So this post I did last month about what I’ve learned so far about taking photos almost every day this year was pretty popular (by the way, I fixed the little glitch that didn’t let you pin an actual photo.)

“MOAR! MOAR PHOTO POSTS!” you cried. (Well, some of you cried, and I want to help you! I really do!)

Now that it’s summer and you’re going to be out in the bright sunlight (hopefully) a lot you need to make friends with your shutter speed and ISO.

The brighter it is outside the lower your ISO needs to be. The darker it is (usually inside) the higher your ISO needs to be. (The lower the ISO the better the color saturation and less noise/grain.)

Example:

Indianapolis Mini Marathon.

(Seriously, no worse lighting than high noon sun, in a perfect world I would have moved them into full shade.) 55mm f/3.2 1/640 ISO 100

If it’s darker? You need to move your ISO up.

little gymnast feet
(This is in Addie’s gym with nothing but overhead florescent lights.) 300mm f/5.6 1/100 ISO 1600

Back to the bright sunlight. ISO 100.

If you keep your shutter speed too low (assuming you’re shooting on manual) your shutter will be open too long essentially blinding your camera, like flipping on a bright light to go to the bathroom in the middle of the night, everything is blurry and white. If you turn your shutter speed up not only will it catch motion faster, it will retain more of the details since the shutter is essentially “blinking” much faster. Dude, I’m not even sure if that makes any sense. VISUAL!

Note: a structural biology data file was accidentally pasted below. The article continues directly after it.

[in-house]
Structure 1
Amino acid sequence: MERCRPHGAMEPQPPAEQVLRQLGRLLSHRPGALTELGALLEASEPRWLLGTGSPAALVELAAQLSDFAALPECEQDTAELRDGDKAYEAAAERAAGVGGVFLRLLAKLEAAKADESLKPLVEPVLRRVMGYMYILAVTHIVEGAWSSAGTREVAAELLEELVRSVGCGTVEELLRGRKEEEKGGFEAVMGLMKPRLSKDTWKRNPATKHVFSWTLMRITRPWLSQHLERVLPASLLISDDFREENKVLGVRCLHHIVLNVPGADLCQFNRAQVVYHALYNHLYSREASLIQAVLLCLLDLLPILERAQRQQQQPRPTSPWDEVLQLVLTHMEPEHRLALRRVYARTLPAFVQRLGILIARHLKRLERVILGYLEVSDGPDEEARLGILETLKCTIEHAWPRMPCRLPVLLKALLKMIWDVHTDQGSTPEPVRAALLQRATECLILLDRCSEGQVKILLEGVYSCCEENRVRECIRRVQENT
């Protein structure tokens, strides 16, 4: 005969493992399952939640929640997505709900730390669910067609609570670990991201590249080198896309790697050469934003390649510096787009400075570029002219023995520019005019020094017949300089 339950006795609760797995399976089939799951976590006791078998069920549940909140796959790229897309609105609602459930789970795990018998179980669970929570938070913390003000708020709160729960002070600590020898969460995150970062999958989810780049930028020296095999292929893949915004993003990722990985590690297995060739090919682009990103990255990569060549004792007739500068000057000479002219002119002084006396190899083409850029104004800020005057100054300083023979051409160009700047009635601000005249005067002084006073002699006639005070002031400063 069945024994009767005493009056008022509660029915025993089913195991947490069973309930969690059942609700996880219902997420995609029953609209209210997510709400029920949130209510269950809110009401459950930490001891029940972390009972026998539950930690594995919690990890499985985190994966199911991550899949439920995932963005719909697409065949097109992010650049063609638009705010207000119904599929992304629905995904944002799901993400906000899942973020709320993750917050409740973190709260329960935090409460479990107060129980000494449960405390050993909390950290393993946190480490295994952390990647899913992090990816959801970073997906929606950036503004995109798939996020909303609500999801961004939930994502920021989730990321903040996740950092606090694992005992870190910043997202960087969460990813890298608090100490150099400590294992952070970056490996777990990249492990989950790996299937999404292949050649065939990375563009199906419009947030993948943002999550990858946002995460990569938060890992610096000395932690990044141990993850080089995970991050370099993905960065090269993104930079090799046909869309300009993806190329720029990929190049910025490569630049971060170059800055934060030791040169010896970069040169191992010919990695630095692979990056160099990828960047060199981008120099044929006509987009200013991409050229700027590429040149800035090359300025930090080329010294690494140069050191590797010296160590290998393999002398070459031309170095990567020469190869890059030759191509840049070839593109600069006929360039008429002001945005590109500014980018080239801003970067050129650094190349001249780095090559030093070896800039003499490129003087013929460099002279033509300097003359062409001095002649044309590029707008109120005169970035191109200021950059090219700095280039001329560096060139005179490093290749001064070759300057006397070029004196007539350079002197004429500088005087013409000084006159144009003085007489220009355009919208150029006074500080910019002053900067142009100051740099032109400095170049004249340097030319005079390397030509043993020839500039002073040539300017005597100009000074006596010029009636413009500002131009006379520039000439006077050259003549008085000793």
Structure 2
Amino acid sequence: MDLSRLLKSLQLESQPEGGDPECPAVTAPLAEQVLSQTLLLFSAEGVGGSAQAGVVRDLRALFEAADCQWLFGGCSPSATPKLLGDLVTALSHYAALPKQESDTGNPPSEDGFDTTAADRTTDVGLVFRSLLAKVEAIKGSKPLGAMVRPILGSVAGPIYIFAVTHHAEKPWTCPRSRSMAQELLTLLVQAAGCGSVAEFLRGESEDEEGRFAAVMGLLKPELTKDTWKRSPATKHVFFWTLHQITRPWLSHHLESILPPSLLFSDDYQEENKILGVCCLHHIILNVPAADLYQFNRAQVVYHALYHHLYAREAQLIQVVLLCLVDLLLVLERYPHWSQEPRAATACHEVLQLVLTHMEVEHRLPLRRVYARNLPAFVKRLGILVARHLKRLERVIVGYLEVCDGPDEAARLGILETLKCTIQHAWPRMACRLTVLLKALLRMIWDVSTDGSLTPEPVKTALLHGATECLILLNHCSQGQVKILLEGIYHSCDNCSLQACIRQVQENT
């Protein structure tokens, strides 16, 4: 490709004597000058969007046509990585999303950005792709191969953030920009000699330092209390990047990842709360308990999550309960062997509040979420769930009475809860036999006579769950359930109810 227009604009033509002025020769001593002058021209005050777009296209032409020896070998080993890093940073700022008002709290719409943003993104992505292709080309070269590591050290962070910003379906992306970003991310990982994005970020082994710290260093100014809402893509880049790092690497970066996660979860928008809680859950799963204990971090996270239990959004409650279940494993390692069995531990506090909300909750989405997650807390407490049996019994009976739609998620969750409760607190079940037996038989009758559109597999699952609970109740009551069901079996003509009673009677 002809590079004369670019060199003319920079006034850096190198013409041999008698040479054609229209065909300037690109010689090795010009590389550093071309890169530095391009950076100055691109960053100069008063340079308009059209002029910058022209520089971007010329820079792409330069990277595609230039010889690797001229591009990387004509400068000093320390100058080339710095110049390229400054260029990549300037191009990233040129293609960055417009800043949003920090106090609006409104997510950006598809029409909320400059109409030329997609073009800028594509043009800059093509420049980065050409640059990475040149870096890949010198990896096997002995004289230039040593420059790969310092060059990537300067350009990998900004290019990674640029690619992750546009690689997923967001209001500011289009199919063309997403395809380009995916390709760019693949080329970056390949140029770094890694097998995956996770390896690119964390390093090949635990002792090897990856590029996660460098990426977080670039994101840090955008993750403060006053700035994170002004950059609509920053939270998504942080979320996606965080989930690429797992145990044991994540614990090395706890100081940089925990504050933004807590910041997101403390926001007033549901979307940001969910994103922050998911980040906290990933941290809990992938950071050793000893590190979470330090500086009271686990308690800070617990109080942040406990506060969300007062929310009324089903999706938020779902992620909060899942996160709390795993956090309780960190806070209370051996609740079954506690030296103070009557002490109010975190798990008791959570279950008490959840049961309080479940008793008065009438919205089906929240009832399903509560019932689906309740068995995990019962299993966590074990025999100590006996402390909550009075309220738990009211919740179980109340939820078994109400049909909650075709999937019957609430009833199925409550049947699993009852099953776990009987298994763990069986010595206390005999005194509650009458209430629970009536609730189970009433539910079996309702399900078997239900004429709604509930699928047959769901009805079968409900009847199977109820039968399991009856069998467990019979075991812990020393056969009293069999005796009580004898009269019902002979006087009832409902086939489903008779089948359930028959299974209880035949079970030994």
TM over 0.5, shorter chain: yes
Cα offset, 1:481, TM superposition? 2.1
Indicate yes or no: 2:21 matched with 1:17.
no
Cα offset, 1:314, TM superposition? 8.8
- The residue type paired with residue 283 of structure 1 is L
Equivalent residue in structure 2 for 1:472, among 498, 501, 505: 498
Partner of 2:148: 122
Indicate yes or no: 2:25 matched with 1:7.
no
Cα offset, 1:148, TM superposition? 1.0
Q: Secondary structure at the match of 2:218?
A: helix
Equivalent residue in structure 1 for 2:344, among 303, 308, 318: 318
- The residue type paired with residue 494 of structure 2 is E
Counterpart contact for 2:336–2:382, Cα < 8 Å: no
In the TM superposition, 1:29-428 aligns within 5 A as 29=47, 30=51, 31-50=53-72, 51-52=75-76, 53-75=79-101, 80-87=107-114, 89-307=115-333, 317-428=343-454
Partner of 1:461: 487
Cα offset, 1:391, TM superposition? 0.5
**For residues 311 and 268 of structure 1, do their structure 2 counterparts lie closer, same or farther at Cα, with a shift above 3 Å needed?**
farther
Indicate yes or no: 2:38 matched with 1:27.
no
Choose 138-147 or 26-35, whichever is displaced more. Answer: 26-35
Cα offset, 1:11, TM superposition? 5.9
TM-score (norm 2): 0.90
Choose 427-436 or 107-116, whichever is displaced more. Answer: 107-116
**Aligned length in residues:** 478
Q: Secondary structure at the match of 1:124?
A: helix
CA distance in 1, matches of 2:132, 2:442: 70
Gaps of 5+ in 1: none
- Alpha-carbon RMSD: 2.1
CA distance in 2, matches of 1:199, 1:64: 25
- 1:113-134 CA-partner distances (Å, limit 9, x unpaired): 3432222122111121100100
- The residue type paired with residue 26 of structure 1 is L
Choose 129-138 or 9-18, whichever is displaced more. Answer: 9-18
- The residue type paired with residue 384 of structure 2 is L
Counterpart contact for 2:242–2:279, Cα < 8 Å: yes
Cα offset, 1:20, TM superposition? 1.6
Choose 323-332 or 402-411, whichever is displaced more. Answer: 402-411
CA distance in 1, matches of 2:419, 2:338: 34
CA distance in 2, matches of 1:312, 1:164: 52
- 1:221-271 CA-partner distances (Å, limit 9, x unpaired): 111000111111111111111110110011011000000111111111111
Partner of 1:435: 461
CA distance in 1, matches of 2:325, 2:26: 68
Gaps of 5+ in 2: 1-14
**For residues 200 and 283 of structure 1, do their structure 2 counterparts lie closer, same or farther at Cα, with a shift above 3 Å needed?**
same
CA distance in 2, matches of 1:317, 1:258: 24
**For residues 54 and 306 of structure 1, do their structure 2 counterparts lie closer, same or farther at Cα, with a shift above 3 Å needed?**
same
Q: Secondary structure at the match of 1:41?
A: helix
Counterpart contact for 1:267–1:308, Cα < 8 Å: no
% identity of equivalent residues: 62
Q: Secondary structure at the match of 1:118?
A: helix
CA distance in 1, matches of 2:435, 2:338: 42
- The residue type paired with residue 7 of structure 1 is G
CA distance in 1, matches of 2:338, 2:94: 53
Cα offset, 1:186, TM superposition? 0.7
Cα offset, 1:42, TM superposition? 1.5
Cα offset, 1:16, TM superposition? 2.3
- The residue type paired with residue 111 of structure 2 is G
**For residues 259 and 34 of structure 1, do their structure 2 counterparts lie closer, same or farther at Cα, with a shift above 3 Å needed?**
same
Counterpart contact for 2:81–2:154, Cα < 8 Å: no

The first shot my camera said “WHOA! TOO BRIGHT! CAN’T PROCESS SO MUCH LIGHT!” and way overexposed. By making the shutter speed faster I was able to retain more detail and avoid overexposure. Shutter speed also controls how well motion freezes. The higher the shutter speed the better the freeze. The lower, the more blurry moving objects tend to be.

percy high on the 'nip

percy takes off.

50mm f/2.5 1/160 ISO 1000 (ISO was high because it was a very overcast day, I wanted to keep all of his face in focus which is why I didn’t drop my f/stop into the 1′s to make it possible to lower my ISO.)

bailey the flying sheltie dog
50mm f/2.2 1/800 ISO 200

Here’s the deal and something I had to learn the hard way, there’s no way to get everything you want out of a single camera or a single lens for a decent price. Even if you have heaps and gobs of money to spend you’re still not going to be able to have one “end all be all” set up. You have to choose what’s most important to you and base your purchases off of that and learn to game the other things you have into doing what you want (more on that later.) You’re not going to be able to get a sharp photo of a cat launching off the couch indoors in poor light without a flash, and if you use a flash you’re most likely going to compromise the depth of field (blur.) You’re also not going to ever find a lens that can take a really close up macro of a flower then zoom across the street to take a photo of your kid’s face riding their bike. You’ll discover as you get better at this photography thing that you’ll wish your camera or lens did something just a little different. I know with my zoom lens I wish I had a lower f/stop so it worked better in low light. Sure enough, there’s a zoom lens with a lower f/stop but it’s $1K more, weighs 9 pounds and is the size of a small keg, so I make my 70-300 f/5.6 IS do what I need it to do as well as it can do it and I realize there are some shots I just won’t ever get with it.